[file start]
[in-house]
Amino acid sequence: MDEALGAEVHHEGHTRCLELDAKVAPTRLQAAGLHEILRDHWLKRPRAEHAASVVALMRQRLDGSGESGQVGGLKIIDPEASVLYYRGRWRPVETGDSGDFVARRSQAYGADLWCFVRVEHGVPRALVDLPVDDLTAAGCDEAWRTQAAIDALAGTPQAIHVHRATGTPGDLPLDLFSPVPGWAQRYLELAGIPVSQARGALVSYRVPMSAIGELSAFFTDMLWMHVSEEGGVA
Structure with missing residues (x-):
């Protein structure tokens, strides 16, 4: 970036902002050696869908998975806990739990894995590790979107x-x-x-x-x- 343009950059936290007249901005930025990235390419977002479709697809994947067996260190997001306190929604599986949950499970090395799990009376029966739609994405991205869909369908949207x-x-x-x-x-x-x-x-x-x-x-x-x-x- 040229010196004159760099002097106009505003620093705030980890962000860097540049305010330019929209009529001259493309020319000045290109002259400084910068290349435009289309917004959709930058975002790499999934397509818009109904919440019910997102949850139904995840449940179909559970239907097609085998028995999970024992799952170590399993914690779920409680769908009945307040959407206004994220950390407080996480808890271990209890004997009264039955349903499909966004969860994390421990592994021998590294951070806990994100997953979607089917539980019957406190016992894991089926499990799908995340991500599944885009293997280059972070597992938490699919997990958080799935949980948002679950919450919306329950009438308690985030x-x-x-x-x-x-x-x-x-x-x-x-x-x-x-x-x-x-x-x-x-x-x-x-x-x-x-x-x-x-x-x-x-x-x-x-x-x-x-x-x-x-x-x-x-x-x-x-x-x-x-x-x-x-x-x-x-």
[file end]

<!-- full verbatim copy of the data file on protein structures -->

[in-house]
Amino acid sequence: MDEALGAEVHHEGHTRCLELDAKVAPTRLQAAGLHEILRDHWLKRPRAEHAASVVALMRQRLDGSGESGQVGGLKIIDPEASVLYYRGRWRPVETGDSGDFVARRSQAYGADLWCFVRVEHGVPRALVDLPVDDLTAAGCDEAWRTQAAIDALAGTPQAIHVHRATGTPGDLPLDLFSPVPGWAQRYLELAGIPVSQARGALVSYRVPMSAIGELSAFFTDMLWMHVSEEGGVA
Structure with missing residues (x-):
């Protein structure tokens, strides 16, 4: 970036902002050696869908998975806990739990894995590790979107x-x-x-x-x- 343009950059936290007249901005930025990235390419977002479709697809994947067996260190997001306190929604599986949950499970090395799990009376029966739609994405991205869909369908949207x-x-x-x-x-x-x-x-x-x-x-x-x-x- 040229010196004159760099002097106009505003620093705030980890962000860097540049305010330019929209009529001259493309020319000045290109002259400084910068290349435009289309917004959709930058975002790499999934397509818009109904919440019910997102949850139904995840449940179909559970239907097609085998028995999970024992799952170590399993914690779920409680769908009945307040959407206004994220950390407080996480808890271990209890004997009264039955349903499909966004969860994390421990592994021998590294951070806990994100997953979607089917539980019957406190016992894991089926499990799908995340991500599944885009293997280059972070597992938490699919997990958080799935949980948002679950919450919306329950009438308690985030x-x-x-x-x-x-x-x-x-x-x-x-x-x-x-x-x-x-x-x-x-x-x-x-x-x-x-x-x-x-x-x-x-x-x-x-x-x-x-x-x-x-x-x-x-x-x-x-x-x-x-x-x-x-x-x-x-």